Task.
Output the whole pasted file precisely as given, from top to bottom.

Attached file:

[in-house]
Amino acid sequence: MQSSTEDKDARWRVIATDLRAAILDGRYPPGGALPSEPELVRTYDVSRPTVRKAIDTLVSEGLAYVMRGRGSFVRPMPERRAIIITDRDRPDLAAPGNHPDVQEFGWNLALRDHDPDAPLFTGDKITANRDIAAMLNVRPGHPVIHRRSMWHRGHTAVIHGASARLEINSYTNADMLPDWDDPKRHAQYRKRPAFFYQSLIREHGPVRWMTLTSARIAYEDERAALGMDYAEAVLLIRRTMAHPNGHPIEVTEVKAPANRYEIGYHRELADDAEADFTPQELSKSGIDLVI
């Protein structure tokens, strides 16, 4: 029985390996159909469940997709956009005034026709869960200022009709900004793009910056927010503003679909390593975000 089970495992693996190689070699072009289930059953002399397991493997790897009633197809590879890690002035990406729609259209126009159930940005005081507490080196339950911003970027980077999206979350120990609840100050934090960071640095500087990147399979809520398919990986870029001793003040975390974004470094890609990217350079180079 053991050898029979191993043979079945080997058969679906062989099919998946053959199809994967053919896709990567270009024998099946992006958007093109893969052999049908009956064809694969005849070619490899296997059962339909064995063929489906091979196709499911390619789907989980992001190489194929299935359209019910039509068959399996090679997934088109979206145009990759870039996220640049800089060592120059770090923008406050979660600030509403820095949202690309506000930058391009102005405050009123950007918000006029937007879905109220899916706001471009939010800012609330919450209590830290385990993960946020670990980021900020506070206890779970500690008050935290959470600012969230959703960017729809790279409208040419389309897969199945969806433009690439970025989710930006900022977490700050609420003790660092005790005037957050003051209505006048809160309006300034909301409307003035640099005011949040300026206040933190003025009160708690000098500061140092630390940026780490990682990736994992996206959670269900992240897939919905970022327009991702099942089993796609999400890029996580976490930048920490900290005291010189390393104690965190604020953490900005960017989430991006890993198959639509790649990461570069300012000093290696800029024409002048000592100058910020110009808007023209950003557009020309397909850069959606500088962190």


[in-house]
Amino acid sequence: MQSSTEDKDARWRVIATDLRAAILDGRYPPGGALPSEPELVRTYDVSRPTVRKAIDTLVSEGLAYVMRGRGSFVRPMPERRAIIITDRDRPDLAAPGNHPDVQEFGWNLALRDHDPDAPLFTGDKITANRDIAAMLNVRPGHPVIHRRSMWHRGHTAVIHGASARLEINSYTNADMLPDWDDPKRHAQYRKRPAFFYQSLIREHGPVRWMTLTSARIAYEDERAALGMDYAEAVLLIRRTMAHPNGHPIEVTEVKAPANRYEIGYHRELADDAEADFTPQELSKSGIDLVI
């Protein structure tokens, strides 16, 4: 029985390996159909469940997709956009005034026709869960200022009709900004793009910056927010503003679909390593975000 089970495992693996190689070699072009289930059953002399397991493997790897009633197809590879890690002035990406729609259209126009159930940005005081507490080196339950911003970027980077999206979350120990609840100050934090960071640095500087990147399979809520398919990986870029001793003040975390974004470094890609990217350079180079 053991050898029979191993043979079945080997058969679906062989099919998946053959199809994967053919896709990567270009024998099946992006958007093109893969052999049908009956064809694969005849070619490899296997059962339909064995063929489906091979196709499911390619789907989980992001190489194929299935359209019910039509068959399996090679997934088109979206145009990759870039996220640049800089060592120059770090923008406050979660600030509403820095949202690309506000930058391009102005405050009123950007918000006029937007879905109220899916706001471009939010800012609330919450209590830290385990993960946020670990980021900020506070206890779970500690008050935290959470600012969230959703960017729809790279409208040419389309897969199945969806433009690439970025989710930006900022977490700050609420003790660092005790005037957050003051209505006048809160309006300034909301409307003035640099005011949040300026206040933190003025009160708690000098500061140092630390940026780490990682990736994992996206959670269900992240897939919905970022327009991702099942089993796609999400890029996580976490930048920490900290005291010189390393104690965190604020953490900005960017989430991006890993198959639509790649990461570069300012000093290696800029024409002048000592100058910020110009808007023209950003557009020309397909850069959606500088962190």